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International Spy Museum Opens in Washington, D.C.

Staff Report

WASHINGTON, D.C., 19 July 2002 - The International Spy Museum, a new museum exploring the craft, practice, history, and contemporary role of espionage, opened today in Washington, D.C. The International Spy Museum is the first public museum in the United States solely dedicated to espionage. It features the largest collection of international espionage artifacts ever placed on public display. Many of these objects seen for the first time outside of the intelligence community illustrate the work of famous spies and pivotal espionage actions as well as help bring to life the strategies and techniques of the men and women behind some of the most secretive espionage missions in world history. Artifacts include:

Enigma, the legendary WWII German cipher machine: one of the many artifacts illustrating some of history’s most pivotal code making and breaking operations

Shoe Transmitter, a Soviet listening device hidden inside the heel of a target’s shoe: an example of the many eavesdropping devices developed by intelligence services

"Through the Wall" Camera, a Czech camera used by the East German Stasi to photograph through walls: representative of the tools used in clandestine photography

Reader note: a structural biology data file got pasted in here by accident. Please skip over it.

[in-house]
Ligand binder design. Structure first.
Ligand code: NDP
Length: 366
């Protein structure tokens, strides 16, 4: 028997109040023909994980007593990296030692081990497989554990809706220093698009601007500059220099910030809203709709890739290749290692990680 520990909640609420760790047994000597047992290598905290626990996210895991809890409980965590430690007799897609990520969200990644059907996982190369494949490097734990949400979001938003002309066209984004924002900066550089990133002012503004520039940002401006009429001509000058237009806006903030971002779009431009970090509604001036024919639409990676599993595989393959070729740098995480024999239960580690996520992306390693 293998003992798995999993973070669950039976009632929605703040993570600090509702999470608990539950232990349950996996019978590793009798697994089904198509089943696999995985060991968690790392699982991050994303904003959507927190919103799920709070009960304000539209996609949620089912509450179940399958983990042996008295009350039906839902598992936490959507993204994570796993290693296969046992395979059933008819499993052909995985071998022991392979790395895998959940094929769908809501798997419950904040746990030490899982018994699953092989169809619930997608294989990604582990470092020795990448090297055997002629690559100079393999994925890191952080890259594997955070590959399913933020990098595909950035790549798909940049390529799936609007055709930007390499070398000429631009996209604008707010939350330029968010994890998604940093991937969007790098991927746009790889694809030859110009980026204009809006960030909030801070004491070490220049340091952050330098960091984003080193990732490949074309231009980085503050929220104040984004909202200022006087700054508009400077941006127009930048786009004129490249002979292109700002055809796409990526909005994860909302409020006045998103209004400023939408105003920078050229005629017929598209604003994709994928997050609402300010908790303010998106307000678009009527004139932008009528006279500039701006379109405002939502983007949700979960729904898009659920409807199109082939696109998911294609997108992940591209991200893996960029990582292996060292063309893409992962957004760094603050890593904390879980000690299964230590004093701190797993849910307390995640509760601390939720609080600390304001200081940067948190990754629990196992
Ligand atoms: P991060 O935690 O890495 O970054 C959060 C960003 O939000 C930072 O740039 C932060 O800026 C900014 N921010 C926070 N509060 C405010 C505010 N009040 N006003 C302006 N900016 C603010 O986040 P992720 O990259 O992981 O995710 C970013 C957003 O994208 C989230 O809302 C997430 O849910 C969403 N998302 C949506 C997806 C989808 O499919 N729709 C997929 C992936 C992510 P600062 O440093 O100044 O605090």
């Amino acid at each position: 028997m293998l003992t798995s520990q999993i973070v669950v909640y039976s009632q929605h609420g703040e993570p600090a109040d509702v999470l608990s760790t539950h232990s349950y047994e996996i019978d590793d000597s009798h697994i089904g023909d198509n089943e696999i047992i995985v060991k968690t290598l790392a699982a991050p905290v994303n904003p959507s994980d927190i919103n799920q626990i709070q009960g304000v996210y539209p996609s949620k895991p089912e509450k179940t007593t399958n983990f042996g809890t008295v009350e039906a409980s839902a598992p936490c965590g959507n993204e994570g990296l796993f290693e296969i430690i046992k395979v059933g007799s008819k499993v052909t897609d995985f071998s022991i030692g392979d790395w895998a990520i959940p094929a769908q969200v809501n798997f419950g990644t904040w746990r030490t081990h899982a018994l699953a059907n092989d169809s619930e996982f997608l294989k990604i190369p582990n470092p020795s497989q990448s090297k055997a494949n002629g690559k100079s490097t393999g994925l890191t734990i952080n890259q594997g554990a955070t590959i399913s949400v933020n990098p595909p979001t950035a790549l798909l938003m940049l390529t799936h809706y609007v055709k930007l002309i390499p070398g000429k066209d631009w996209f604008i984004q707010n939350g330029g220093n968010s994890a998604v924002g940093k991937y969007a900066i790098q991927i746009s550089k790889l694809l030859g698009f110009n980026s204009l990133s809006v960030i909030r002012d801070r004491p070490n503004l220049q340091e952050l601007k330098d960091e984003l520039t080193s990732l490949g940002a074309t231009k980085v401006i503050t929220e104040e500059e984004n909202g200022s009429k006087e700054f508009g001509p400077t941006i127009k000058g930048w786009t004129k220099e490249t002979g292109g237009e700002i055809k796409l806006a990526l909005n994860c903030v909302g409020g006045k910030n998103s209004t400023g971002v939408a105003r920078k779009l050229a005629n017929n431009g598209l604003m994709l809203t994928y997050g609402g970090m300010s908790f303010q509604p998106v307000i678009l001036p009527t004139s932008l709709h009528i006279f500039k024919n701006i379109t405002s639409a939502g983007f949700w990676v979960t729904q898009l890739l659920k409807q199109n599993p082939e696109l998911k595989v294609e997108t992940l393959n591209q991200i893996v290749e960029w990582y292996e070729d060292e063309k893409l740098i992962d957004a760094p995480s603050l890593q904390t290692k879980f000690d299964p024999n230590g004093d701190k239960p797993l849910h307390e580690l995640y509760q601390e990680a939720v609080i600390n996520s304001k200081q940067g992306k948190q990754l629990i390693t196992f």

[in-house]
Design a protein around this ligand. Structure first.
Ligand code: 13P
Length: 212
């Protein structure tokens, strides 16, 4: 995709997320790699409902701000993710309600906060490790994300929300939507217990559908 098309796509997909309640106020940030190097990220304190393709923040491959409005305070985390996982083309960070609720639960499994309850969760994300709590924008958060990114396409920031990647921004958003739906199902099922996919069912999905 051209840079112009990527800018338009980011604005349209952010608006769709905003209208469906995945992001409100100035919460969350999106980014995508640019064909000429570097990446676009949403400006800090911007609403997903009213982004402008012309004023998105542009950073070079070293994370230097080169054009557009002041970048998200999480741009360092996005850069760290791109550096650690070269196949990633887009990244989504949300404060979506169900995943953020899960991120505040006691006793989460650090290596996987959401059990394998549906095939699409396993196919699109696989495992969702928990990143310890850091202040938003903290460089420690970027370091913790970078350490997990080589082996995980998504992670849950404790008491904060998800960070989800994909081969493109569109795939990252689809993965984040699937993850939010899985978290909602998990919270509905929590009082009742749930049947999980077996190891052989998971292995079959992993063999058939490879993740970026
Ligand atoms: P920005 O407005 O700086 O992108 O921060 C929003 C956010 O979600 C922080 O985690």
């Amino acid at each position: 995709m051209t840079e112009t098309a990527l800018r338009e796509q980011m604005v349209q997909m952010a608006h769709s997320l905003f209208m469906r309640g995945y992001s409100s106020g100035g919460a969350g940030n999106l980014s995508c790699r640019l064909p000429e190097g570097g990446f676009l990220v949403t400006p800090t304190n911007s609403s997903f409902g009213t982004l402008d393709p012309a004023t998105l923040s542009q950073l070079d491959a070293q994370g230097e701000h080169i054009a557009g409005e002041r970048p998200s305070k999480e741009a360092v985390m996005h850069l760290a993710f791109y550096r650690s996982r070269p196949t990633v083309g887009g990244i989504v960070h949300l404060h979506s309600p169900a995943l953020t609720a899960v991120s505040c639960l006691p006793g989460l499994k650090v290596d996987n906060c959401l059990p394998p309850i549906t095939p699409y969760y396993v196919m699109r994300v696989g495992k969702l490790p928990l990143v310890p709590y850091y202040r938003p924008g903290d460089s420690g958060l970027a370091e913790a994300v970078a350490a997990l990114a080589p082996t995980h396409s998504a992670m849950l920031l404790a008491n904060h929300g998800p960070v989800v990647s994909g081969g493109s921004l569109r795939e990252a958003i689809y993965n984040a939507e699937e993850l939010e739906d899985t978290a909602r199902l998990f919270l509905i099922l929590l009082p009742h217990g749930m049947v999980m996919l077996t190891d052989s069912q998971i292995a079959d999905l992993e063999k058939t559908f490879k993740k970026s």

Escape Boots, designed for British pilots in WWII: part of an exhibit describing the various escape and evasion techniques

the kiss of death lipstick pistol
The Kiss of Death: KGB single-shot lipstick

In development for more than seven years, the Museum has drawn upon the knowledge of leading experts and practitioners in the intelligence community. The International Spy Museum’s Advisory Board of Directors and Advisory Council include, among others:

- Judge William Webster: former director of the FBI and CIA
Major General Oleg Kalugin: former Chief of KGB Foreign Counterintelligence

- Lieutenant General Claudia J. Kennedy (Ret.) U.S. Army: former Deputy Chief of Staff for Intelligence for the U.S. Army

- Congressman Louis Stokes: former member of the U.S. House of Representatives and former Chairman of the House Intelligence Committee

- Antonio Joseph Mendez: former Chief of Disguise for the CIA
Jonna Hiestand Mendez: former Chief of Disguise and technical services officer for the CIA

- David Kahn: leading expert in the history of cryptology and a former visiting historian for the NSA

- Keith Melton: renowned author and technical advisor to U.S. intelligence services; maintains one of the world’s largest private collections of espionage-related artifacts

- Christopher Andrew: Chair of the British Intelligence Study Group and Professor of Modern and Contemporary History, Chair of the Faculty of History, and President of Corpus Christi College at Cambridge University, England